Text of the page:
Toronto Stormwater Tax - Underhanded Double-dipping or Transparent Equitable Service-Based Fee?

While a Toronto Councillor has lifted his middle fingers to a stormwater 'tax' in the City of Toronto, suggesting such as charge is underhanded and a way of charging for a service residents already have, he's wrong.

A proposed stormwater utility fee based on hard surfaces is a more equitable way of allocating costs for drainage services in Toronto - currently residents and businesses pay for stormwater management capital works through their water bill - yes, depending on how much water you use. Water consumption has nothing to do with runoff, whereas hard surfaces do.

That is why many Canadian municipalities have implemented stormwater rates to fund operating programs and capital works related to stormwater. Local municipalities near Toronto with stormwater rates in place include Richmond Hill (flat rates), Markham (flat fees for residential and variable fees for businesses of various sizes), Mississauga (based on flat fee tiers for residential and variable based on hard surfaces for other properties), Kitchener and Waterloo (similar approach as Mississauga), Aurora (flat rates), St. Thomas, and London. And stormwater fees are in the works for Guelph and Vaughan.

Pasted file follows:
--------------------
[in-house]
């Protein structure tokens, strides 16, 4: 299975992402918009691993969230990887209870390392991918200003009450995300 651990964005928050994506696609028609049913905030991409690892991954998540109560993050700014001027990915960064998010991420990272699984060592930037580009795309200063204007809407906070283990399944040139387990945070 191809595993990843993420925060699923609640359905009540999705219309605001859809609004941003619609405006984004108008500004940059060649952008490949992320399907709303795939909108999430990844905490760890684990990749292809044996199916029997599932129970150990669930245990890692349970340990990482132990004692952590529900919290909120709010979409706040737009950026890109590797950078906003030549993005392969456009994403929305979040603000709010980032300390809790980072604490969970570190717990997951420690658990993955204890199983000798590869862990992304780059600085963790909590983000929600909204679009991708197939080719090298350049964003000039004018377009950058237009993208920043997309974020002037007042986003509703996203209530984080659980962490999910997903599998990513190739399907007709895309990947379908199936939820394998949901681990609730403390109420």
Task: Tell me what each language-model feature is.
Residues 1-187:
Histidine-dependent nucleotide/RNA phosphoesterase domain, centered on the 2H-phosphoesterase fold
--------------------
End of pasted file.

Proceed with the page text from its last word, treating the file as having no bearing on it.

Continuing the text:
Do these fees fund existing services? Sometimes they do and municipalities transfer program funding from existing funding sources (water bill or tax bill) to the new dedicated stormwater fee. In that way it is hardly underhanded, but rather transparent and equitable, where the fee is in proportion to the service being provided.

Toronto's project backlog for basement flood protection has grown considerably as Municipal Class Environment Assessment studies are completed across the city, identifying infrastructure upgrades that come at a considerable cost. As examined in other posts, design standard upgrades are required to address level of service limitations in many areas across the City of Toronto. This is especially needed in areas with partially separated sanitary sewer systems with high extraneous wet weather flow rates that overwhelm drainage systems during extreme weather events.

Extreme rainfall is not more severe in Toronto, so there are not new rainfall stresses on infrastructure - there are stresses due to intensification and urban growth over decades as noted in previous posts. Nonetheless, there is a considerable legacy of designs with limited levels of service that should be addressed with sustainable, equitable service-based funding. A Toronto stormwater charge based on hard surfaces, sometimes called impervious surfaces, will be an improvement over current funding through the water bill.